Glebe resident Di Anstey said the planned bike path along Bridge Road and Pyrmont Bridge Road, intended to link commuters travelling between the city and the inner west, would exacerbate liveability for locals who already had to organise their days around clearway time limits.
“Andrew Constance, you’re fabulous in Bega but you’ve got no idea about Glebe,” Ms Anstey said, saying she had no idea how tradesmen were supposed to access homes, or what delivery drivers would do if the city went into lockdown again. “They’re riding roughshod over residents.”
A City of Sydney spokesperson said the cycleway would serve areas where large numbers of people previously used buses to travel to the city via Broadway.
“Many properties affected by these changes are eligible for City of Sydney permits for residents, visitors, tradespeople and carers.”
Liz de Rome, an Erskineville resident and road safety researcher, said the pop-up bike path along Bridge Street in Erskineville — part of the 1.3-kilometre Ashmore precinct to South Eveleigh cycle path — was unnecessary as cyclists in the area tended to take other routes.
Dr de Rome also said that, because of past works that narrowed footpaths, many commuters were forced to walk on the road at peak times to get to and from the train station.
“I’m a strong advocate for cycle lanes, but they have to be put where they are needed and the one on Bridge Street isn’t useful and of great inconvenience to the people,” Dr de Rome said.
The council spokesperson said the Bridge Street and connected Henderson Road cycleway would serve an area where large numbers of people previously used trains to travel between Erskineville and the city.
A Transport for NSW spokesperson said the paths had been chosen as they were on busy cycling routes, connect with existing bike riding infrastructure and were positioned in locations where public transport was likely to be overcrowded.
“Where there have been impacts of parking loss, Transport for NSW has endeavoured to offset these impacts with other parking options,” the spokesperson said.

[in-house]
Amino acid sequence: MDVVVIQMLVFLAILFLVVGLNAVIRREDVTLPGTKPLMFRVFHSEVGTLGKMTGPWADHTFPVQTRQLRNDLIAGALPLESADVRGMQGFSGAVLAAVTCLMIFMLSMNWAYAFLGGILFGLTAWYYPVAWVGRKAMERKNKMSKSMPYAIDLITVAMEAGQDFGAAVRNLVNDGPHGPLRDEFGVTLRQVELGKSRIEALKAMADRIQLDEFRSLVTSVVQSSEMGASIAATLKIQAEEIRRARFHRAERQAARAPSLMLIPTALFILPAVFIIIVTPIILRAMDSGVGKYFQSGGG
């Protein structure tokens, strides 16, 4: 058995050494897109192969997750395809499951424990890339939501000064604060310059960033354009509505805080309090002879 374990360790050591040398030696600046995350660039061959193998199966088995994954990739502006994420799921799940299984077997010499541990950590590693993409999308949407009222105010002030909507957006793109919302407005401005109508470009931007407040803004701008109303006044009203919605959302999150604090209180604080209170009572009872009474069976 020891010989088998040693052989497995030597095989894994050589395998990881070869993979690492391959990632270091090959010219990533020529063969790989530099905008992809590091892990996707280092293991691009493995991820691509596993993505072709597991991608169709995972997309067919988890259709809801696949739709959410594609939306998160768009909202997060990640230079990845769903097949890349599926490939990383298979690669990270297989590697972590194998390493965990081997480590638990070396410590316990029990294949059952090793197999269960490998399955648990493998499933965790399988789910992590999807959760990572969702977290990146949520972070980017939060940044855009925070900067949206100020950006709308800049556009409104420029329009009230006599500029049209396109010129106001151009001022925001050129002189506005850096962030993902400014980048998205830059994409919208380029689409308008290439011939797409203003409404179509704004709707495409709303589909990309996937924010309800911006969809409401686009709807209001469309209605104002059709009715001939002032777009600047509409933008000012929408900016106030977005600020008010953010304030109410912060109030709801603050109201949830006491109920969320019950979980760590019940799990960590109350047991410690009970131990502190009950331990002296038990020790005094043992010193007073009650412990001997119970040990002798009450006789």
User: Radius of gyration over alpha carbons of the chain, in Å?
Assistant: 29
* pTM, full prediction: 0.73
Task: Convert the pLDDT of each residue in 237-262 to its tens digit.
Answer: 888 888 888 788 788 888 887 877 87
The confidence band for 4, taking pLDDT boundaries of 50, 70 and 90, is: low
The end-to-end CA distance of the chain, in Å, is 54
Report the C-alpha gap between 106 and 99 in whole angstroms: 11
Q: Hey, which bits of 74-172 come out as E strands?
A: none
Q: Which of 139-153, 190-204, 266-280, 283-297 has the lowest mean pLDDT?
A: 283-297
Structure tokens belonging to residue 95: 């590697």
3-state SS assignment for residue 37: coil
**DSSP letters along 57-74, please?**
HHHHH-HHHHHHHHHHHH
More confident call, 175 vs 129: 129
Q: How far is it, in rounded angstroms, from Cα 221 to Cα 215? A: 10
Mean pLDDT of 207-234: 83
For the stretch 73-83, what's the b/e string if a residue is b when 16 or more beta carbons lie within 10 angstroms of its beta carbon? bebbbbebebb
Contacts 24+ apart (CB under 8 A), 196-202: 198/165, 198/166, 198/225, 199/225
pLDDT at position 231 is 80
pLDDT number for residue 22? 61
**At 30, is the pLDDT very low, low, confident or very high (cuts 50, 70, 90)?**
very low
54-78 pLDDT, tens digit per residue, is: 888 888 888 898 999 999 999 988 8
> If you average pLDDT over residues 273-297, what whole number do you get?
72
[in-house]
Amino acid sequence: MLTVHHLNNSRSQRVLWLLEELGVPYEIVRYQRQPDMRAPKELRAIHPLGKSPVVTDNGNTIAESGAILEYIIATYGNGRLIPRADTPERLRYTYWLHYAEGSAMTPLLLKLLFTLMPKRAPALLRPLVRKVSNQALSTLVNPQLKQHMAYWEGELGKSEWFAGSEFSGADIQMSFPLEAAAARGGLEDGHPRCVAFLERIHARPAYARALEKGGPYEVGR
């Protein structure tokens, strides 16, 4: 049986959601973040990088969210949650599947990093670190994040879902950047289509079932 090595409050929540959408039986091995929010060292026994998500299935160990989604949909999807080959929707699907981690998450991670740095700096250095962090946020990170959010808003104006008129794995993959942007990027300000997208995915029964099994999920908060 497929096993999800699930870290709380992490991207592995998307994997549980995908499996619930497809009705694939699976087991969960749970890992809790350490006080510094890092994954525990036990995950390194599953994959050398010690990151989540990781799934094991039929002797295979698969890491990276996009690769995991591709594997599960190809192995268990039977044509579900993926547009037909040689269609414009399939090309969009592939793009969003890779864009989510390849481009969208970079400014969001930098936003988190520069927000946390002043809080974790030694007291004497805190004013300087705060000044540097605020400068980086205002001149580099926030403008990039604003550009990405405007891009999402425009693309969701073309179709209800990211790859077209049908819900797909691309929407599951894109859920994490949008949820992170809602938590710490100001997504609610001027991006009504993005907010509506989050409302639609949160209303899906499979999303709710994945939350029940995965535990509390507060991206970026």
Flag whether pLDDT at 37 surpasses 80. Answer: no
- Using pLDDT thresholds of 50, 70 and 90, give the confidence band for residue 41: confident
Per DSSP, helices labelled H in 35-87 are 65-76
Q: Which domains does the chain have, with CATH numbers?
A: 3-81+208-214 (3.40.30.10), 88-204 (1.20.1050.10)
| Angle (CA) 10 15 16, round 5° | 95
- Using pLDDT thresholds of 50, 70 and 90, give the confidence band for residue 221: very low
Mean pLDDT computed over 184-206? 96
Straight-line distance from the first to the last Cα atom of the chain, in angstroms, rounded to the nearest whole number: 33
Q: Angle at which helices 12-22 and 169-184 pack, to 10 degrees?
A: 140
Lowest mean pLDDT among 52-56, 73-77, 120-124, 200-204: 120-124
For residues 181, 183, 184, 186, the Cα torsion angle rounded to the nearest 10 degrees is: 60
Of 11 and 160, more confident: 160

The fresh outcry comes after residents on Moore Park Road in Paddington voiced their opposition to a pop-up cycleway along their road, also citing concerns over parking and accessibility.
During the July 2 council meeting, Cr Forster said the Moore Park Road cycleway was a “deeply unpopular proposal”.
In response, Cr Moore said the pop-up cycleways were an important health measure that would also serve to reduce congestion.
Of the lack of consultation, she said: “The Prime Minister didn’t come out and say to everyone, ‘Well, look, I want to consult with you about … if you wouldn’t mind staying at home, because it’s going to be unsafe for you to go out because we have a deadly virus in our country.’
“And, no, the [Transport] Minister hasn’t done that on this either. He has made it clear through a ministerial order that these temporary cycle lanes are going to go in,” Cr Moore said.
“But overall, overall it’s about safety and he is absolutely very, very strong on this, that … they’ll provide that safe cycling option to people, and it will be about saving lives. And I think anyone who objects to that doesn’t care about saving lives.”
Moore Park Road resident Carla Degenhardt said Cr Moore’s comments “make me feel really, really sad”.
During the meeting, Cr Phelps responded, “I’m a little bit speechless about saying anyone who objects to this doesn’t care about saving lives. I just have to take a moment to recover from that outrageous statement.”
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Angus Thompson is an Urban Affairs reporter for The Sydney Morning Herald.